So he ordered an eBride? I’m not surprised she didn’t look like the picture on the web. Great idea for flash fiction though.

    here’s mine http://russellgayer.blogspot.com/

    • Janet said:

      Thanks Russell. No, he certainly didn’t get what he expected. Maybe that was just as well.

  7. niiko47 said:

    I always tend to go for the fantasy-type stories, so it’s great to see something a little more grounded in reality like this one.
    Just goes to show that you always need to read the smallprint.

    • Janet said:

      You’re right. As I just noted above to susielindau, I’ve made some stupid mistakes by not reading the fine print. I can only hope I’ve learned my lesson

    • Janet said:

      A big concern in planning a wedding – at least he didn’t have to return any gifts (imagine the explanation!)

  8. Tragic comedy. Good work, Janet. Poor guy.

    • Janet said:

      Well, I’m not sure he deserves much sympathy though.

      • I wondered about that. Maybe my hope is that he was sincere and naive — as opposed to sinister and cynical, or maybe just as opposed to aware of the truly unethical nature of the action… haha. In any case, you did the situation beautifully. And in less words, too. It would be interesting to take this story and make him both sinister and naive. Don’t know many villains like that, but could see something in it -?

        • Janet said:

          Yes, there could definately be an interesting character there somewhere.

    • Janet said:

      Thanks Doug. I was thinking about your comments from last week when I wrote this one and I was wondering if this one was too short.

    • Janet said:

      thanks. I try to keep my fiction here to fifty words but I did struggle with this one.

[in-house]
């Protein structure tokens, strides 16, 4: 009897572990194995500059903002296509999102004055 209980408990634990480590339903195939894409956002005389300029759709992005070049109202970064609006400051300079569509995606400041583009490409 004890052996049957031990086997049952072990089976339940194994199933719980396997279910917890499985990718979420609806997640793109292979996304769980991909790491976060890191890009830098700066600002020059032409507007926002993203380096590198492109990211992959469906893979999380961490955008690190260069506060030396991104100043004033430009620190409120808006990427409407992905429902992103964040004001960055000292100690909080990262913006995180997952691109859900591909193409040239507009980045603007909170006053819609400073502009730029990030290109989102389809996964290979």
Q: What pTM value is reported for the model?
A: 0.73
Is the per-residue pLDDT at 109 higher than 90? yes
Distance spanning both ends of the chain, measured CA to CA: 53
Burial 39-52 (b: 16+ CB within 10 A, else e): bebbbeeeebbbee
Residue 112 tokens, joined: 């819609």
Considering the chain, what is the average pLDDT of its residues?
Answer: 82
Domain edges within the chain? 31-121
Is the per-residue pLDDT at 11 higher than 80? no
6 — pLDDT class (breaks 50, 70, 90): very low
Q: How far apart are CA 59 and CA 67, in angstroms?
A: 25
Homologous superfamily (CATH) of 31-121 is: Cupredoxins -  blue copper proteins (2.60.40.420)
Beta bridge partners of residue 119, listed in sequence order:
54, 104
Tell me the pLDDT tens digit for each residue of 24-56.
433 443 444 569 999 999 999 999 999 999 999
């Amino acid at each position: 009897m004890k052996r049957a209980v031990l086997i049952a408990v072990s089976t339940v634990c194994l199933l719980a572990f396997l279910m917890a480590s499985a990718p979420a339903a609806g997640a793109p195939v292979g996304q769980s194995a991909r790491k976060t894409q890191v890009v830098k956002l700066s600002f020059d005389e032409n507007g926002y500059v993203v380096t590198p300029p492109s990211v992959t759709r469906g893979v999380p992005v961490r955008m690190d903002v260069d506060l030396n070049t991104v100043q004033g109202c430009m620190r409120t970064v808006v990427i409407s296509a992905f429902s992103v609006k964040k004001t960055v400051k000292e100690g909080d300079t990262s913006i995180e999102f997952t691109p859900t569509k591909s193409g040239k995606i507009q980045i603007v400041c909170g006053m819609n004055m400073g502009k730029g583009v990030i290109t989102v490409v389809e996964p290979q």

9. Hi Janet,
    Well, at least he has the gems and he can still have a big party and drown his sorrows at the reception hall. The heart is a lonely hunter, at least that’s what I heard. Fun story!

    • Janet said:

      I think he’ll definately need to drown his sorrows!

    • Janet said:

      Not exactly. He thought the ad was describing a mail order bride,. when it was really describing the jewels. Just a mistake by an online translator. Thanks for coming by.

  10. Kourtney Heintz said:

    Very cool story for that picture. Intrigued me.

    • Janet said:

      I’m glad. Thanks for coming by.

    • Janet said:

      Exactly, he shoud have known better…hopefully he leaned his lesson.

    • Janet said:

      Yeah, you need to be desprate to buy a wife. Glad you found it funny.

    • Janet said:

      Thank you. I was wondering if this one was a bit short, but fortunately, it seems that everyone understood it. Phew!

    • Janet said:

      Thanks. Usually I go for darker outcomes, but I went for a walk on the lighter side this week.

  11. Madison Woods said:

    I find it a bit humorous and serves him right for thinking it’s that easy to find a wife. Enjoyed your perspective.

  12. Very cool. An effective cautionary tale which left me wondering exactly what he thought he was getting, why he was horrified and the ‘mistakes were everywhere’ line is quite mysterious. I can’t quite say why but I suspect this story is not as simple as it may seem at first. 🙂

    • Janet said:

      Thanks Andy, I always enjoy your takes on my stories.